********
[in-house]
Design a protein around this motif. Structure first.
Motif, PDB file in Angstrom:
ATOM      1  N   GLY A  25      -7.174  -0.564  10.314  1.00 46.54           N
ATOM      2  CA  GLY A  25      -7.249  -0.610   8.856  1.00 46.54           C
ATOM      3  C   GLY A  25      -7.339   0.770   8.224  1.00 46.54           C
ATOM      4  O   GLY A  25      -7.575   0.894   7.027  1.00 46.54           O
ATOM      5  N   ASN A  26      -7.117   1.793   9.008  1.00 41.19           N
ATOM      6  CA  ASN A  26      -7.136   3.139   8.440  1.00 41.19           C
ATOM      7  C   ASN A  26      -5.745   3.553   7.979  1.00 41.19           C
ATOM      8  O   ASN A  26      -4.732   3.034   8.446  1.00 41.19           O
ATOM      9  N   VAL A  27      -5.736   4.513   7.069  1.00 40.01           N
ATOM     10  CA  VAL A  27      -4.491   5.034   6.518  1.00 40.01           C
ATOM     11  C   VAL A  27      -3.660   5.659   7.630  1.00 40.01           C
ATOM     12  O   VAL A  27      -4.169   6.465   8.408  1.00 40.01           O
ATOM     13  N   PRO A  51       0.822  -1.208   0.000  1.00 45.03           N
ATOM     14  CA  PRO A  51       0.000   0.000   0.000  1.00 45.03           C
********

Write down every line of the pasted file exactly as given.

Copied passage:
[in-house]
Design a protein around this motif. Structure first.
Motif, PDB file in Angstrom:
ATOM      1  N   GLY A  25      -7.174  -0.564  10.314  1.00 46.54           N
ATOM      2  CA  GLY A  25      -7.249  -0.610   8.856  1.00 46.54           C
ATOM      3  C   GLY A  25      -7.339   0.770   8.224  1.00 46.54           C
ATOM      4  O   GLY A  25      -7.575   0.894   7.027  1.00 46.54           O
ATOM      5  N   ASN A  26      -7.117   1.793   9.008  1.00 41.19           N
ATOM      6  CA  ASN A  26      -7.136   3.139   8.440  1.00 41.19           C
ATOM      7  C   ASN A  26      -5.745   3.553   7.979  1.00 41.19           C
ATOM      8  O   ASN A  26      -4.732   3.034   8.446  1.00 41.19           O
ATOM      9  N   VAL A  27      -5.736   4.513   7.069  1.00 40.01           N
ATOM     10  CA  VAL A  27      -4.491   5.034   6.518  1.00 40.01           C
ATOM     11  C   VAL A  27      -3.660   5.659   7.630  1.00 40.01           C
ATOM     12  O   VAL A  27      -4.169   6.465   8.408  1.00 40.01           O
ATOM     13  N   PRO A  51       0.822  -1.208   0.000  1.00 45.03           N
ATOM     14  CA  PRO A  51       0.000   0.000   0.000  1.00 45.03           C